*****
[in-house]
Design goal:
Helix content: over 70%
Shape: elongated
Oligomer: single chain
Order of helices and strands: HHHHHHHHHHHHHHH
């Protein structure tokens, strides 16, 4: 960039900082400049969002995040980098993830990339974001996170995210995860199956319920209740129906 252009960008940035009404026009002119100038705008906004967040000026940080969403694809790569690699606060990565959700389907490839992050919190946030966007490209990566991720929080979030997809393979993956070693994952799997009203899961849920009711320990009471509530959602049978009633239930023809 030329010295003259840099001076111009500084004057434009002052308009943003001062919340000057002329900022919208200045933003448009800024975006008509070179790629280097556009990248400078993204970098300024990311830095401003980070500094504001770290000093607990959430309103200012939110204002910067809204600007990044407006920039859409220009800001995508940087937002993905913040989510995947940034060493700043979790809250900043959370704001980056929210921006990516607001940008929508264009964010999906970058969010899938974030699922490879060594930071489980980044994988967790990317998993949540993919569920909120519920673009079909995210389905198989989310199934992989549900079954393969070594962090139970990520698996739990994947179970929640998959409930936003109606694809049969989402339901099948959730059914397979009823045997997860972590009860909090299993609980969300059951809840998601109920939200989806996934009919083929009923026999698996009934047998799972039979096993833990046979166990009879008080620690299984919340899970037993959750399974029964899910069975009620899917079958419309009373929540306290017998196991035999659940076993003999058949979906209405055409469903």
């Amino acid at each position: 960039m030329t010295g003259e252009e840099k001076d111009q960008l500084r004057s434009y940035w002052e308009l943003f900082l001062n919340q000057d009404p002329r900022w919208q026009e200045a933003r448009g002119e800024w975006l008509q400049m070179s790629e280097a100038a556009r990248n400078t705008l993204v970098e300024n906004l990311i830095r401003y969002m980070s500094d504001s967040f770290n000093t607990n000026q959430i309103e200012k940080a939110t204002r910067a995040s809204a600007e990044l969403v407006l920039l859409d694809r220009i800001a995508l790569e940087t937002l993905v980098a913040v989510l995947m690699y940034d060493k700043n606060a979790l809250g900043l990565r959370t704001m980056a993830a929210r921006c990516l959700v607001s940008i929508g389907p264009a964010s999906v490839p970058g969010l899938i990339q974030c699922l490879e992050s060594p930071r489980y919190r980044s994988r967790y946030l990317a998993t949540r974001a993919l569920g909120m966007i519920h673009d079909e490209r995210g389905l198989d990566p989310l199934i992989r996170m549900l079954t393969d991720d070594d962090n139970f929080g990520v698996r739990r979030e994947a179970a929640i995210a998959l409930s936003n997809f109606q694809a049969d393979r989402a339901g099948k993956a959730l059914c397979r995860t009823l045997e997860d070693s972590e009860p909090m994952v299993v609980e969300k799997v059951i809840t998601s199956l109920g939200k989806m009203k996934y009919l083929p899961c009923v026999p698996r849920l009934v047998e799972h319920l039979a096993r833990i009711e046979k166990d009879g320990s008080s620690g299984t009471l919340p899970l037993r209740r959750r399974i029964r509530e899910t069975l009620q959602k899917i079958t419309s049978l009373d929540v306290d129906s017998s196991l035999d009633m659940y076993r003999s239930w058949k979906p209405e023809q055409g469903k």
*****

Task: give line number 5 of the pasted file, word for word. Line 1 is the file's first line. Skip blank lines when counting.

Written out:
Oligomer: single chain